The seemingly never ending barrage of literature issuing damning verdicts on the Donald Trump White House continues with precipitous escalation. From Michael Wolff’s Fire and Fury which echoed allegations of treason, to former FBI director James Comey’s A Higher Loyalty which underlined the US President’s struggles with the truth, to Omarosa Manigault Newman’s Unhinged which addressed his penchant for supremacism — the assault on Trump is unrelenting.
While the insiders’ accounts, including Sean Spicer’s The Briefing, carry their own weight, when it comes to those on the outside looking in, especially from the media, there are few bigger names than Bob Woodward.
In his almost half a century as a full-time journalist, The Washington Post Associate Editor Woodward has covered nine presidents, bringing Richard Nixon down with the Watergate story. His latest release Fear: Trump in the White House provides insights on how exactly the US President makes critical decisions such as those on the economy and national security.
More scandalously, however, the book narrates efforts of the White House staff to forestall the president’s reckless manoeuvres in a bid to ‘save the country’.
The greatest tribute to Fear has come from Trump himself who said, “This idiot Woodward… wrote this book, which is all fiction” and also separately tweeted, “The Woodward book is a scam. I don’t talk the way I am quoted. If I did I would not have been elected President. These quotes were made up. The author uses every trick in the book to demean and belittle. I wish the people could see the real facts — and our country is doing GREAT!”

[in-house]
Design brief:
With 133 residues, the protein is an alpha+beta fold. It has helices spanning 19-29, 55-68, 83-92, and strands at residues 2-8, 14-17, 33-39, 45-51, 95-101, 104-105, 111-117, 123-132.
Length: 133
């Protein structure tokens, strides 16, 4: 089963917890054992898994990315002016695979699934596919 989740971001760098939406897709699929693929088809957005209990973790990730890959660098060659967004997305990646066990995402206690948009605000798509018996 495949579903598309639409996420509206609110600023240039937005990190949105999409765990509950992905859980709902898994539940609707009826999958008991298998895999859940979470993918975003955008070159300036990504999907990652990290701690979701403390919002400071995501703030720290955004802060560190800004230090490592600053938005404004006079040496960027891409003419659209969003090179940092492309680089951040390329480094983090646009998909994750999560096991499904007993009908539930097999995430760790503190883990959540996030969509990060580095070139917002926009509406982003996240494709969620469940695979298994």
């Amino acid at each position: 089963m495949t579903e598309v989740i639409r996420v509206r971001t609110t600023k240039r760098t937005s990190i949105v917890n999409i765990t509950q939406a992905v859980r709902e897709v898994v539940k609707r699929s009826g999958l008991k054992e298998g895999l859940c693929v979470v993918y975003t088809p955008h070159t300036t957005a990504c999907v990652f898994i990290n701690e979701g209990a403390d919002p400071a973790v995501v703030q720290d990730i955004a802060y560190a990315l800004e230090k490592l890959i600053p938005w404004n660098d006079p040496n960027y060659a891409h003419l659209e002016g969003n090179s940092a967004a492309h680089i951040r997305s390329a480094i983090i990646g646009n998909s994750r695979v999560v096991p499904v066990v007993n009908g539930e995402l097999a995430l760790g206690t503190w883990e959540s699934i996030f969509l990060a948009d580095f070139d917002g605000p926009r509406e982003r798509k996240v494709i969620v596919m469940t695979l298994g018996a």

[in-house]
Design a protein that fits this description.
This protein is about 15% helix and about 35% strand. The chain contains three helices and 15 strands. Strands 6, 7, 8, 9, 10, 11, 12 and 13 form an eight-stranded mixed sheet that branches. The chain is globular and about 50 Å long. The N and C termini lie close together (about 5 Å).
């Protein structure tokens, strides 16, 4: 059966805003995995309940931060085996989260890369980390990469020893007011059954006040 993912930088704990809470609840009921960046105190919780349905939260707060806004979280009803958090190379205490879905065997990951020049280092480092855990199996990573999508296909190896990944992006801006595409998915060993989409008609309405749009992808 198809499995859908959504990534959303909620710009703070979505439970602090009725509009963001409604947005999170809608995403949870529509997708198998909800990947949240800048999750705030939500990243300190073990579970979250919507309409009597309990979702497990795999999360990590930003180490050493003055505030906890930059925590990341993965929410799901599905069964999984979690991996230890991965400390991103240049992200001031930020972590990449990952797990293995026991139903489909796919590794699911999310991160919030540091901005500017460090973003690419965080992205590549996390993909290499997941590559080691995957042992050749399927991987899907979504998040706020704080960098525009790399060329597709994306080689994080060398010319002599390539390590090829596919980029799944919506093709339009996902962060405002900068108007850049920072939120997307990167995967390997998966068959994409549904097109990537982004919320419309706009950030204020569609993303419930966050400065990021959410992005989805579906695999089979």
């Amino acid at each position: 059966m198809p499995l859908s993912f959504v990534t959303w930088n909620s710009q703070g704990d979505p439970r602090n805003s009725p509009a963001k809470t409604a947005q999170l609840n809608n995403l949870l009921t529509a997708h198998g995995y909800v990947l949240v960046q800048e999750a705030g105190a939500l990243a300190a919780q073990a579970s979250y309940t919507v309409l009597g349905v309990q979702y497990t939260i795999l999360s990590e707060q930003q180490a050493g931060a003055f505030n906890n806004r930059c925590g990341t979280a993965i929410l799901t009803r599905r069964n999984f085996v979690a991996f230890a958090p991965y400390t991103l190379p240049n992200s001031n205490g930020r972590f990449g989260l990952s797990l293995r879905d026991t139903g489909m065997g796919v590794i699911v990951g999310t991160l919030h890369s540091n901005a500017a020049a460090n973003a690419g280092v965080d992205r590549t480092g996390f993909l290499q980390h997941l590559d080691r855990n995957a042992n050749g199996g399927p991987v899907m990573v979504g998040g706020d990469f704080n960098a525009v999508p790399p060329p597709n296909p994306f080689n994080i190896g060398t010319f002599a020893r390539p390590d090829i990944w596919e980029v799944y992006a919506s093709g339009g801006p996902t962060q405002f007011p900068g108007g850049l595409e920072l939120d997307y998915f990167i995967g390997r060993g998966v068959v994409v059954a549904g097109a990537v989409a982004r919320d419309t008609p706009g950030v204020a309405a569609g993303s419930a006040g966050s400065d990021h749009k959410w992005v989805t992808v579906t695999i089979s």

With a recent anonymous Op-Ed in The New York Times underlining resistance within the White House working against the president, Fear: Trump in the White House is the latest high profile piece of literature denting the US president’s credentials to hold office.
Divided into 42 chapters, the book dedicates the first five to the build up towards the 2016 Presidential elections, echoing the widespread claims about how unorthodox Trump’s campaign was and how outrageous his triumph.
The then Republican National Committee Chairman Reince Priebus had asked Trump to drop out, following the “locker room talk” video or “lose in the biggest landslide in American history and be humiliated for life”.
Former White House Chief Strategist describes just how shocking the win was for Trump himself. “This is a guy totally unprepared. Hillary Clinton spent her entire adult life getting ready for this moment. Trump hasn’t spent a second getting ready for this moment.”
But without dwelling too much on how and why Trump got into the White House, the book focuses on what has been happening since he got there, beginning with the shaping up of the president’s team, which in itself has been a hub of volatility.